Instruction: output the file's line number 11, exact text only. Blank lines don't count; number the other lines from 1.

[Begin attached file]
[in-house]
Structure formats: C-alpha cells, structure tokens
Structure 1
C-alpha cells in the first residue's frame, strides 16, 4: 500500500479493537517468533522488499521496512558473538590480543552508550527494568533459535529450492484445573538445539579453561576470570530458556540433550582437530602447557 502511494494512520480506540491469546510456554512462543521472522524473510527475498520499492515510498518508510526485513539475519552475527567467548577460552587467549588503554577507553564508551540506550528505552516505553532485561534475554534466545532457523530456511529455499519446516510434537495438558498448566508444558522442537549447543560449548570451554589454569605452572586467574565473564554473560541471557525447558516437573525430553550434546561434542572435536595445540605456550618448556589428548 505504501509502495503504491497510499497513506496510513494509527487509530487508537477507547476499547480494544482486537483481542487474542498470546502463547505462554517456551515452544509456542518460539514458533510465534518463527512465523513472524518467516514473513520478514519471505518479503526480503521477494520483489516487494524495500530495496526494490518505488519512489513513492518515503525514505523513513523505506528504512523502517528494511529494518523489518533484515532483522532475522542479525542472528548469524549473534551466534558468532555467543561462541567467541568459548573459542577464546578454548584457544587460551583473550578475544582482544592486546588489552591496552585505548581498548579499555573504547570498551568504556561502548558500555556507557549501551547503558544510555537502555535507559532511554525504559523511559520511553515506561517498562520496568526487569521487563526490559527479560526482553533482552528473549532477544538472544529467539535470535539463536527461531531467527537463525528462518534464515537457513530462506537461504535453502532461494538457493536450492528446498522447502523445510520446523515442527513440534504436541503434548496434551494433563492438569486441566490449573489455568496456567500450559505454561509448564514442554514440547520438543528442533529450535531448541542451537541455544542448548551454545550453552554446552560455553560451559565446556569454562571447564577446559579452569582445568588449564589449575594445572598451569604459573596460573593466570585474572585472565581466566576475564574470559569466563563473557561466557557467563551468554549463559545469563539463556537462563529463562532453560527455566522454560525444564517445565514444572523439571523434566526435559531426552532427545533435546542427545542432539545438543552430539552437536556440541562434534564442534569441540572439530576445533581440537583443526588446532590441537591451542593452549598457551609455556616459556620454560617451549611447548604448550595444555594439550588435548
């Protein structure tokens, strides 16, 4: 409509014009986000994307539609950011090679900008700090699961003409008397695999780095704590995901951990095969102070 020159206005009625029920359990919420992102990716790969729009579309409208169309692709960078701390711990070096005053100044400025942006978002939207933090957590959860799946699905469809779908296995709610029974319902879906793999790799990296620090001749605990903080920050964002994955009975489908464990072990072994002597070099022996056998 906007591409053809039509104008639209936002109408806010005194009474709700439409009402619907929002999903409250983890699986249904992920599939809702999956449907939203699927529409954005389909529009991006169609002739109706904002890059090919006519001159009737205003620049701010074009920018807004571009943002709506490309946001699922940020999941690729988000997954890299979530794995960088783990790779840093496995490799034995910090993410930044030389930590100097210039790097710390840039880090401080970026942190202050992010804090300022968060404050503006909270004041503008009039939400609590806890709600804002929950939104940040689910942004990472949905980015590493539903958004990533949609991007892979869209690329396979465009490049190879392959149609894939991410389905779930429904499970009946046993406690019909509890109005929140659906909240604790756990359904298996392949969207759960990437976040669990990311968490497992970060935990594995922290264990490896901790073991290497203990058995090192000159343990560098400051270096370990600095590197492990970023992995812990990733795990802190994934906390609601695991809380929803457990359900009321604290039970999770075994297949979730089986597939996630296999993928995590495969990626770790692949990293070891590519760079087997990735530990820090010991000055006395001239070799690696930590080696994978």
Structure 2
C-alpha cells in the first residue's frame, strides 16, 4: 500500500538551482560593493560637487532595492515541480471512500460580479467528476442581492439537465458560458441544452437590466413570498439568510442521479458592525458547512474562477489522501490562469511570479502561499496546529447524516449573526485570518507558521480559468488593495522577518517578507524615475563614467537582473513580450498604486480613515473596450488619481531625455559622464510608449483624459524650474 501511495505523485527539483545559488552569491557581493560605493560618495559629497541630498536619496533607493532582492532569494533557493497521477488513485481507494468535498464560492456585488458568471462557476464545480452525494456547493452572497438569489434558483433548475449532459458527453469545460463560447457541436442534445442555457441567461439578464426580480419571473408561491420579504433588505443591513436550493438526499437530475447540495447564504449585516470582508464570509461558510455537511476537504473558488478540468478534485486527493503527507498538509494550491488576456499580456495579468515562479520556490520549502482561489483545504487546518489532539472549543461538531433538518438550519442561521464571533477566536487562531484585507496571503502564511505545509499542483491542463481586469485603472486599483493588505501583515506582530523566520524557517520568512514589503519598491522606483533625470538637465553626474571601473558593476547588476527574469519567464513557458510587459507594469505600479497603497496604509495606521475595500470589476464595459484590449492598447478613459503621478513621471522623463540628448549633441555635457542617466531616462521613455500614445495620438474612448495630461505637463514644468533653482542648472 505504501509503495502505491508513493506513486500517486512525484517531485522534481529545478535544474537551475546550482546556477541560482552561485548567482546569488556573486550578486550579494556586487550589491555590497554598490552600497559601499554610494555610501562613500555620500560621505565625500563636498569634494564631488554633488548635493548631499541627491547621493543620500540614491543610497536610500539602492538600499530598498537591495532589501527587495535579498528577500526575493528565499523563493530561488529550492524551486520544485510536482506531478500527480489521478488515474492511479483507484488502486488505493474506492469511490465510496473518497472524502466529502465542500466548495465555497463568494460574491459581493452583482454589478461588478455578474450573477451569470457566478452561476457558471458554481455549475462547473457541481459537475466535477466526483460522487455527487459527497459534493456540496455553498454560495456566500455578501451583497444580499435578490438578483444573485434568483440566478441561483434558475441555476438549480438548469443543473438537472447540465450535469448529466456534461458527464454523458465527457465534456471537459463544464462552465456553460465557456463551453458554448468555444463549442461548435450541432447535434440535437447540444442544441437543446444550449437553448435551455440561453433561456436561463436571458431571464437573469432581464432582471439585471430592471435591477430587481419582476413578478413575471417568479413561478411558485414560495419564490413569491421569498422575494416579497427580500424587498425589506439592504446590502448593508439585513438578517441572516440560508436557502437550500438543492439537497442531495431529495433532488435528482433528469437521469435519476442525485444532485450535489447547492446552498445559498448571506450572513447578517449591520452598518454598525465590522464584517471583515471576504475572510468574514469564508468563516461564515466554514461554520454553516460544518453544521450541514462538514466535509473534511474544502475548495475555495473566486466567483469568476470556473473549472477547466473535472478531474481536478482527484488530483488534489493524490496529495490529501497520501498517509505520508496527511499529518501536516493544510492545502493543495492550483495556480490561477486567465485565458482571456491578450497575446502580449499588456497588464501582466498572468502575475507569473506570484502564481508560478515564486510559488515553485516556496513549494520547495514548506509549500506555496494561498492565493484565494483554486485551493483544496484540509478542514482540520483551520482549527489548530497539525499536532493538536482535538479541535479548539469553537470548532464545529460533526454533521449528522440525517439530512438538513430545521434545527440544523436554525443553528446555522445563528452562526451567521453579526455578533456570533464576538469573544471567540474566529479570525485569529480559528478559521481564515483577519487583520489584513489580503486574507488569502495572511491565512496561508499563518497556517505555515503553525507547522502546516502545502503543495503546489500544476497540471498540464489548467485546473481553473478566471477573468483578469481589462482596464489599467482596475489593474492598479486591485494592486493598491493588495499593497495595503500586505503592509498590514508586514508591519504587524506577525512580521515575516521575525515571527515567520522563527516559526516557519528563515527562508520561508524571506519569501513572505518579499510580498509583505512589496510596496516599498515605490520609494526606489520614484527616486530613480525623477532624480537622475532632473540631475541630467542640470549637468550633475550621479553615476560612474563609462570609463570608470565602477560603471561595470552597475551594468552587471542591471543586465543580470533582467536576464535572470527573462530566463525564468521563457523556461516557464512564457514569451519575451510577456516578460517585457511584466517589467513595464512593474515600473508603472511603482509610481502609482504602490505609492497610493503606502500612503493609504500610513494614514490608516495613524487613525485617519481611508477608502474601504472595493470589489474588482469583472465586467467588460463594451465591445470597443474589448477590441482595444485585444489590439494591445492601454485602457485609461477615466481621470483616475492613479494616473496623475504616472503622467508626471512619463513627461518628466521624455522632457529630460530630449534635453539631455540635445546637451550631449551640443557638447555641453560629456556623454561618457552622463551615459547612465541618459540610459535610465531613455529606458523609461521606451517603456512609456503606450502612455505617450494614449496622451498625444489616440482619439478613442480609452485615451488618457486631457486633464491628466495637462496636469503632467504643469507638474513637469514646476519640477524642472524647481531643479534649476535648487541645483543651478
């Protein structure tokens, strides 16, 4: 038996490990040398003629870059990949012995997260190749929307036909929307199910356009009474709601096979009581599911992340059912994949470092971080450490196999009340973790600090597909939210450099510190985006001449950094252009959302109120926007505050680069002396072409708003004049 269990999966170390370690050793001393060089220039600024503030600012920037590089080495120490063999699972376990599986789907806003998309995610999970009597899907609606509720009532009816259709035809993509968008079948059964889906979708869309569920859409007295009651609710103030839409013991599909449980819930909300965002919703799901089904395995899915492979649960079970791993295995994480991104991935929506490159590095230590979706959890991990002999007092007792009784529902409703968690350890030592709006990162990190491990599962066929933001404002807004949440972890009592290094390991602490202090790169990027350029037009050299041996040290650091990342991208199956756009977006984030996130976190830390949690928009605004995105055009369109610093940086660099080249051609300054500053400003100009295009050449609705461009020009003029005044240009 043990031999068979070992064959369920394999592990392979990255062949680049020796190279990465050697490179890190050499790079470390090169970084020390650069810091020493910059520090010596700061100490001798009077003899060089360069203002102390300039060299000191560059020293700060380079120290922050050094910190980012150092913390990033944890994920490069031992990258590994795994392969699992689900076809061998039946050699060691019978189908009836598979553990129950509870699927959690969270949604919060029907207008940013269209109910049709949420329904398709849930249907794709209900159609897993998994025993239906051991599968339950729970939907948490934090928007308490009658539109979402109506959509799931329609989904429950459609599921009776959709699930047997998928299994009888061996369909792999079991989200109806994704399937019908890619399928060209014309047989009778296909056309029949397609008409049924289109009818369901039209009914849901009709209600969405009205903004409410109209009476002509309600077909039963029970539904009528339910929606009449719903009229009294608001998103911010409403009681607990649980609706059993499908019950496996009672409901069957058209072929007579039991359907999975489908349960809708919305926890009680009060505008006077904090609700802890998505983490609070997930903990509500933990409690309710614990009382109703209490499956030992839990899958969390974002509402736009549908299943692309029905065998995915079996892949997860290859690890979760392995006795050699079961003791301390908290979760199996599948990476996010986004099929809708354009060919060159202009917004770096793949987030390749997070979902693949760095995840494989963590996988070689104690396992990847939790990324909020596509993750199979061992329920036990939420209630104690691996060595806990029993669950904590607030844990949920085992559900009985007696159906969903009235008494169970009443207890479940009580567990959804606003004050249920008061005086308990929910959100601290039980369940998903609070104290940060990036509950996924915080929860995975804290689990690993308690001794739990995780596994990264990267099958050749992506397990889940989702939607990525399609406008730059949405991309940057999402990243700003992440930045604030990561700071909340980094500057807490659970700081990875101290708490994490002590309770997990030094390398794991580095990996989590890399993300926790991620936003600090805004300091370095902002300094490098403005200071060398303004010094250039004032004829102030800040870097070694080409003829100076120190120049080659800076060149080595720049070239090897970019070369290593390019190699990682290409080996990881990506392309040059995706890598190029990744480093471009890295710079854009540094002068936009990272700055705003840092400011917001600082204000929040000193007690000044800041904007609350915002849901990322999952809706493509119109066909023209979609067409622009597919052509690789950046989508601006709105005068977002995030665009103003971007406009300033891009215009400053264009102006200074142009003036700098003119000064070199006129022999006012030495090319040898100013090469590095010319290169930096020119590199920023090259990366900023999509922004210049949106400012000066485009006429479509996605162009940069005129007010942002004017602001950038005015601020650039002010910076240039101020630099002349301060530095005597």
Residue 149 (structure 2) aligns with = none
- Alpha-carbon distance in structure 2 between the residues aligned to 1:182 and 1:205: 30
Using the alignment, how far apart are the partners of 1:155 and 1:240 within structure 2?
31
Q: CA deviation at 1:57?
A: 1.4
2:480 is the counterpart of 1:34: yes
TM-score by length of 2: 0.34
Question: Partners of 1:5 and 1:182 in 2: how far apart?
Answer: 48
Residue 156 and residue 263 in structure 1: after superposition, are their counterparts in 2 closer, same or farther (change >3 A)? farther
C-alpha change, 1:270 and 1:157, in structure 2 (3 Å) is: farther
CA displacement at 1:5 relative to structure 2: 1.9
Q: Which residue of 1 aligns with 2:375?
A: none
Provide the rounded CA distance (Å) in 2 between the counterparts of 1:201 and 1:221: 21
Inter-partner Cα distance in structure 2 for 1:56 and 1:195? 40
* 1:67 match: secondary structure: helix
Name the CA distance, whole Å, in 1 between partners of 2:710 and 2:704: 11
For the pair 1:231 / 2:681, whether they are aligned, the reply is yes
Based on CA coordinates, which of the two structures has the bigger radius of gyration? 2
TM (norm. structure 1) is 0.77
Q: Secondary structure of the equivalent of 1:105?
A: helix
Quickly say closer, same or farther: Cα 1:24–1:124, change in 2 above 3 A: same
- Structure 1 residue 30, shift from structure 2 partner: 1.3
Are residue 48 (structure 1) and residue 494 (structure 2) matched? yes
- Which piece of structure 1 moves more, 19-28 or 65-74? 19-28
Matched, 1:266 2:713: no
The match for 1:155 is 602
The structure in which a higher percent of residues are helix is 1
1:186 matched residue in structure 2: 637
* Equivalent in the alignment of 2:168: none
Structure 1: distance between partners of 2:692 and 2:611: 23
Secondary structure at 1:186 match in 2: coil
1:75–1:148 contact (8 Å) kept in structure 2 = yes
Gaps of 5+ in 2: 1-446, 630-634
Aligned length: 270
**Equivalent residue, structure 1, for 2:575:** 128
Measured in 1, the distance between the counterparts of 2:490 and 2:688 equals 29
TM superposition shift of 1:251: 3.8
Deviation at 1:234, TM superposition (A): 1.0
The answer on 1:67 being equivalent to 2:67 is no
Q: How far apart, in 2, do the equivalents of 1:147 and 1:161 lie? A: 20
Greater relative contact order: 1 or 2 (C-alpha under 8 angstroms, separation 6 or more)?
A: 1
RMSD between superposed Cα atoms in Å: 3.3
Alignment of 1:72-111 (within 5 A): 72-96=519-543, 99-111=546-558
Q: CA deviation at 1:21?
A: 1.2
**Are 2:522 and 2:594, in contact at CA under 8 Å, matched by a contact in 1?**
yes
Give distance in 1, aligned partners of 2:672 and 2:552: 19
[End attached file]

Using the alignment, how far apart are the partners of 1:155 and 1:240 within structure 2?